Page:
Sambal Udang a Traditional Dish

Sambal Udang is one of traditional dish in Malay households.

This dish has made its way into many households and becomes a choice to serve for the bride and groom serving at wedding receptions.

The basic knowledge of Sambal Udang

Sambal is a basic gravy.

Normally, the Malay cook sambal for lunch dishes as a basic gravy to put with any kind of seafood inside.

Example of seafood such as squid, scallop, fish, anchovies and prawn.

Hence, variety of sambal can be made with the main seafood can be change according to preferences.

This Sambal Udang is a favourite for many and was prepared years ago from generation to generation till today.

The best way to have Sambal Udang is to eat it with hot rice.

Sambal Udang also known as Prawn Sambal
The colour of well-cooked sambal udang.

How to cook Sambal Udang

Selection of prawn

Use fresh prawns because the sweet taste of fresh prawns makes the sautéed sambal gravy more delicious.

You can use either sea prawn or farm prawn. Sea prawn colour is lighter and from the ocean, while farm prawn is darker and grown in the pond. 

How to know your sambal is already cooked ?

Ingredients for sambal are dried chilli, onion, garlic, tamarind juice, belacan, cooking oil, sugar and salt.

Cook the sambal gravy until reddish in colour.  The colour of sambal can determine if it is well cooked.

The well-cooked sambal may be kept for three days at room temperature.

The good sambal must have a sweet taste and oily texture.

To make the sambal well cook is by using plenty of cooking oil.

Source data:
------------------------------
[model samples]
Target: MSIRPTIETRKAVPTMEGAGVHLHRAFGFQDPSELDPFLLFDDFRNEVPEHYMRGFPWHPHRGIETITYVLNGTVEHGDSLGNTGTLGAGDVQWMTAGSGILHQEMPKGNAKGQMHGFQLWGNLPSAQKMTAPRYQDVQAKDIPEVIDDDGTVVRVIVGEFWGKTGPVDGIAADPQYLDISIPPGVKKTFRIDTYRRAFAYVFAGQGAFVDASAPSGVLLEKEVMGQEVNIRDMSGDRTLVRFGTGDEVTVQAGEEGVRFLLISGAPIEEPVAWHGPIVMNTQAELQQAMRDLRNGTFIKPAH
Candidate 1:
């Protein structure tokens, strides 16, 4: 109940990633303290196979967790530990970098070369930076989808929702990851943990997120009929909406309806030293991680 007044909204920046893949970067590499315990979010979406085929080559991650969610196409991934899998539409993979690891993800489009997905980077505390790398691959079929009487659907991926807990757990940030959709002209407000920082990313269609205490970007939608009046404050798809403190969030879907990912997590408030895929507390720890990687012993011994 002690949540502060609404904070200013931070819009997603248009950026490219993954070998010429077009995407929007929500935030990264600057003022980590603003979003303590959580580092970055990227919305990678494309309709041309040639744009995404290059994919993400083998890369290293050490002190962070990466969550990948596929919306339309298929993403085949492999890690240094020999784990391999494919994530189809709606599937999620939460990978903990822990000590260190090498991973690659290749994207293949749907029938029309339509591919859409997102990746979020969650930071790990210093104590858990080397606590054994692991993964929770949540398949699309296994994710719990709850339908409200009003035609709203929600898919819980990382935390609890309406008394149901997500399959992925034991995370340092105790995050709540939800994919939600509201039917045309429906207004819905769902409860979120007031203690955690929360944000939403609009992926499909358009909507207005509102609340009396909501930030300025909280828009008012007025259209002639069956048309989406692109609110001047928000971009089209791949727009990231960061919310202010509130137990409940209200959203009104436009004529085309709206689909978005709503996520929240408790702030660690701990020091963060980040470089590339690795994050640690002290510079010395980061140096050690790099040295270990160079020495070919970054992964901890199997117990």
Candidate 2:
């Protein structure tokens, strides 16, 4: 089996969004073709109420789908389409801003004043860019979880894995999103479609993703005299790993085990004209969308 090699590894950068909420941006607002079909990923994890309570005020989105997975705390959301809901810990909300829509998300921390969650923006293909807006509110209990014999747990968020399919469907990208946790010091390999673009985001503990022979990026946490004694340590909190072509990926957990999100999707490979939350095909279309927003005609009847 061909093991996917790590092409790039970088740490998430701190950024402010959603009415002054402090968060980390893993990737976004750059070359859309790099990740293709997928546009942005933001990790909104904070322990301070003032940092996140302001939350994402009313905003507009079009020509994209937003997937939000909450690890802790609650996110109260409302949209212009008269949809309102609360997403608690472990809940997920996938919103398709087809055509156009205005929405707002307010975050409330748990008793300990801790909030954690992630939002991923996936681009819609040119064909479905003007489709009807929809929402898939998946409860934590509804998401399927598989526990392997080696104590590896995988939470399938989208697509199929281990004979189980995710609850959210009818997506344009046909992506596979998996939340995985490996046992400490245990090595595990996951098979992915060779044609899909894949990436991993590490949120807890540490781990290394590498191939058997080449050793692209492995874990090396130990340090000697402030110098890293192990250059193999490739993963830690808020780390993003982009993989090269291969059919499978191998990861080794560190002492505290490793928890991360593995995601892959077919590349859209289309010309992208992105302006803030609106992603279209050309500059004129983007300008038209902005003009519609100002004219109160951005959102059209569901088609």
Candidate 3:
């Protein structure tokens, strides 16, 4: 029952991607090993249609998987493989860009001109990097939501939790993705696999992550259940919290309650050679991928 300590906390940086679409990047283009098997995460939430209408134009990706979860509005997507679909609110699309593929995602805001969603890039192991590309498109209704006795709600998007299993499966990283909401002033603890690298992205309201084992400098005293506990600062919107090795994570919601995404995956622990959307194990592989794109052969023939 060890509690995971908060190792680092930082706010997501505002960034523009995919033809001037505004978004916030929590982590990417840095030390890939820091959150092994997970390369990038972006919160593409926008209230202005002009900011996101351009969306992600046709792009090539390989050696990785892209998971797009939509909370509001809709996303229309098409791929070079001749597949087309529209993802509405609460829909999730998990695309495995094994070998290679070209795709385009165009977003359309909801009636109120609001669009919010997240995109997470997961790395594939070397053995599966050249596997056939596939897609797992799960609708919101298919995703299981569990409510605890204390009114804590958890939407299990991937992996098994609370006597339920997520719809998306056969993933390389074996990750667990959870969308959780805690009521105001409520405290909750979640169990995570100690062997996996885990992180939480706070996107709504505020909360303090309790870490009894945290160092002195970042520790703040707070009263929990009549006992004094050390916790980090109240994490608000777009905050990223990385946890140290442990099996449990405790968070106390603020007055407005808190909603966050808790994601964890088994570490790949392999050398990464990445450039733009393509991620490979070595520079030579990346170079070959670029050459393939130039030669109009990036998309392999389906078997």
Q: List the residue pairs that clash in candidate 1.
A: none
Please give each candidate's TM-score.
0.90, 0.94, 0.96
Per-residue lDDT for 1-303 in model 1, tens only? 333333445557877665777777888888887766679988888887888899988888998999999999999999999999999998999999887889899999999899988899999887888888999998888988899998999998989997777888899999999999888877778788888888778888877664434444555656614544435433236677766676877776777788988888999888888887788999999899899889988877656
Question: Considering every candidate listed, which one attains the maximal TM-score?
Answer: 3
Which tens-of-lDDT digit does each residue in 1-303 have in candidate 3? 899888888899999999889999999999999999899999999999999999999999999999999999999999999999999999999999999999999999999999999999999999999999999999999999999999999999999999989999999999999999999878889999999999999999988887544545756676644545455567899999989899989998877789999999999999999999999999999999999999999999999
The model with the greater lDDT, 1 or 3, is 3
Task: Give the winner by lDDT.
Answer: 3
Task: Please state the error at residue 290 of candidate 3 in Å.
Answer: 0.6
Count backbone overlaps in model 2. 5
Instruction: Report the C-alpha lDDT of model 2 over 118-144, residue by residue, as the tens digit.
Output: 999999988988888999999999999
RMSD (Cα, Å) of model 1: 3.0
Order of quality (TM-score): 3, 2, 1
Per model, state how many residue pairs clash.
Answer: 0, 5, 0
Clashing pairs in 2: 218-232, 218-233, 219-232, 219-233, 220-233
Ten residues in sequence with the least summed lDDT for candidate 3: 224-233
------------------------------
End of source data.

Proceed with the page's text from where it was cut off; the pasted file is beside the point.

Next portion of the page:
Sauté the sambal gravy over slow heat for half and hour.

The longer period is needed to drain the water in sambal gravy.

Without the water the sambal can last longer while the extra cooking oil being used to protect the sambal from burnt.

The sambal well cook if the oil raise to cover the gravy on the surface.

Let it cool and keep in the air tight bottle if you wish to bring it while travelling.

Sambal Udang


  • 500g shrimp, cleaned
  • 2 cloves of garlic
  • 4 onion
  • 10-12 stalks of dried chillies, discarded seeds
  • 3cm belacan
  • ½ cup cooking oil
  • ⅓  cup tamarind water
  • 2 tablespoon sugar
  • ½ teaspoon salt


Cut the dried chillies and soak for 10 minutes. Drain the water and finely grind with garlic, onion and belacan.

In a skillet, heat ½ cup of cooking oil and then sauté the ground ingredients, cook until fragrant and bursting with oil.

Pour the tamarind juice. 

Then add the shrimp, salt and sugar to taste.

Cook briefly in approximately five to seven minutes or until boiling. Pick up and serve.


  • Make sure you don’t cook the shrimp for too long as the shrimp can become hard.
  • When sautéing the ground ingredients, make sure the oil raise to the surface otherwise, the sautéed sambal gravy will not cook perfectly.

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